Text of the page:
Survey Investigates Contributors to Strong vs Weak Confidence in Practice Abilities
Results of a study published last week in the Journal of Pain Research provided confirming evidence that many providers lack confidence in their capacity to manage patients with chronic pain. Conducted by researchers from the Mayo Clinic, the study surveyed 83 attendees at a Mayo Clinic medical education conference in the fall of 2016. Participants included physicians, physician assistants, and nurse practitioners, as well as nonprescribing providers who completed a survey of their opioid management practices. The survey found that 60.8% of respondents were not confident in their ability to manage chronic pain.
56.5% of the study respondents identified as primary care practitioners. Confidence in managing chronic pain was positively associated with ability to follow an opioid therapy protocol, perceived ability to conduct risk assessment for opioid abuse, and use of a consistent, practice-based approach to improve their comfort level with prescribing opioids. Conversely, provider confidence was negatively associated with the belief that treating patients with pain was a “problem in my practice.” Among the approaches suggested for enhancing levels of confidence in managing patients with chronic pain was effective continuing education courses “…as they could provide a means for improving providers’ knowledge and attitudes toward opioid prescribing and chronic pain management”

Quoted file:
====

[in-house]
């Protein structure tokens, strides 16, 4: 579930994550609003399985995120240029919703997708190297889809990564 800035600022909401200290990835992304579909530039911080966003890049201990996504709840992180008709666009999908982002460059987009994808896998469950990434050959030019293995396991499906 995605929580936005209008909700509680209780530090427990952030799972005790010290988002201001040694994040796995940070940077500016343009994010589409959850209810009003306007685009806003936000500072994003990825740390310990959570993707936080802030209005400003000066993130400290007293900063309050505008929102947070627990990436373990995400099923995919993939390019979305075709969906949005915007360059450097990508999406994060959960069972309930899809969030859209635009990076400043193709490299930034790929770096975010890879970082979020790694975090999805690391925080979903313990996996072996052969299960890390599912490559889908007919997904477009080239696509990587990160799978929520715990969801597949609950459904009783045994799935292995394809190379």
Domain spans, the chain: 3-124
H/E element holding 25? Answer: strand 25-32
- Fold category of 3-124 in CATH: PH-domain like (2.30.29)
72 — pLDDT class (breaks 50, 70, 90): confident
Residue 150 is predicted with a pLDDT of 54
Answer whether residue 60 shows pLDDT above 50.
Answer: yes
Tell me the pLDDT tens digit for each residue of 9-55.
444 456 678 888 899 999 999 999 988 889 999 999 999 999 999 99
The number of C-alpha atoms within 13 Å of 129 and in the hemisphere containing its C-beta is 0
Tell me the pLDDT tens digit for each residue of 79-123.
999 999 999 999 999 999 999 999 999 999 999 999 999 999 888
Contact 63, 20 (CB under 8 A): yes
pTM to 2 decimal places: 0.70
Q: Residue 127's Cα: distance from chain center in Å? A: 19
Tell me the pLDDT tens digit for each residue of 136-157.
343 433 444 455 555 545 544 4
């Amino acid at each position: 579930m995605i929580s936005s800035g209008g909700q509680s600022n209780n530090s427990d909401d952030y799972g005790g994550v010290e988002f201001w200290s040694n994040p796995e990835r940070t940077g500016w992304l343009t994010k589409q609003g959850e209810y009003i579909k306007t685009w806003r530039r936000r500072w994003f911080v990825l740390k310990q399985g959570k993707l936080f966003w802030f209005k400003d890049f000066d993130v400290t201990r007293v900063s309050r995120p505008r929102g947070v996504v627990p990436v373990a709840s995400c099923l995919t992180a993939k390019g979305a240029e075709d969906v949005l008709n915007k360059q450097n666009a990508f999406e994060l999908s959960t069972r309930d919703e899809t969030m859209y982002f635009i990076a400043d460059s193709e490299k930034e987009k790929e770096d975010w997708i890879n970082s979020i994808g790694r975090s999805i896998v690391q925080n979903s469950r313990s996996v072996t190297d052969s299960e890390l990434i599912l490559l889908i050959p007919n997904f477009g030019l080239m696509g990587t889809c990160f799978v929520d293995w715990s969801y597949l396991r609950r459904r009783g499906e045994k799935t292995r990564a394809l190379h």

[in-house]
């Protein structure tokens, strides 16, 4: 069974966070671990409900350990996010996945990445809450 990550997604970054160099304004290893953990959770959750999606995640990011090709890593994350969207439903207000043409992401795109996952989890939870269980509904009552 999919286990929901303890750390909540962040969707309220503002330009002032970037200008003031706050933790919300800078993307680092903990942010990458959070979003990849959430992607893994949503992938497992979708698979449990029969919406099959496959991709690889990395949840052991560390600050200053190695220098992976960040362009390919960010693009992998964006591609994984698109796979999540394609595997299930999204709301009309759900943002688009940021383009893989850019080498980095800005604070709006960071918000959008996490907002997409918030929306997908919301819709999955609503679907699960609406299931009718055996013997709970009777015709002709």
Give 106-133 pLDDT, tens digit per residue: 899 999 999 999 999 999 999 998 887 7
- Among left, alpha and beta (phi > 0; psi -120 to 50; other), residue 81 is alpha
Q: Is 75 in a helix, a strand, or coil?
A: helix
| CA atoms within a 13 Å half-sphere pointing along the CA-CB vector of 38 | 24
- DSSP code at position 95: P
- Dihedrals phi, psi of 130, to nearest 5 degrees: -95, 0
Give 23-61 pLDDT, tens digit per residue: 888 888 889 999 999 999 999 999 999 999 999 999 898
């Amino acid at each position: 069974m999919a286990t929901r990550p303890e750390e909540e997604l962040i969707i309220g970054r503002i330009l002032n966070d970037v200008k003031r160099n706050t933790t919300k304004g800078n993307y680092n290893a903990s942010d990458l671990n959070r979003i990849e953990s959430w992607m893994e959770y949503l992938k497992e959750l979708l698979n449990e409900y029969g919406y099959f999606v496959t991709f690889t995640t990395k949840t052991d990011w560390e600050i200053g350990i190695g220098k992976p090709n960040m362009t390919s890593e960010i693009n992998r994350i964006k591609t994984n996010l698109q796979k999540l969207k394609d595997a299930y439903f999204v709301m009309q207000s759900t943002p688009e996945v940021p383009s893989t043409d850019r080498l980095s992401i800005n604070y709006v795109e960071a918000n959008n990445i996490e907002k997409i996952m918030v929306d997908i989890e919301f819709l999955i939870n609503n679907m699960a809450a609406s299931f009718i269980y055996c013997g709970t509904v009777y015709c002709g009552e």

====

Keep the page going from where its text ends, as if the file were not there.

Read the journal article.
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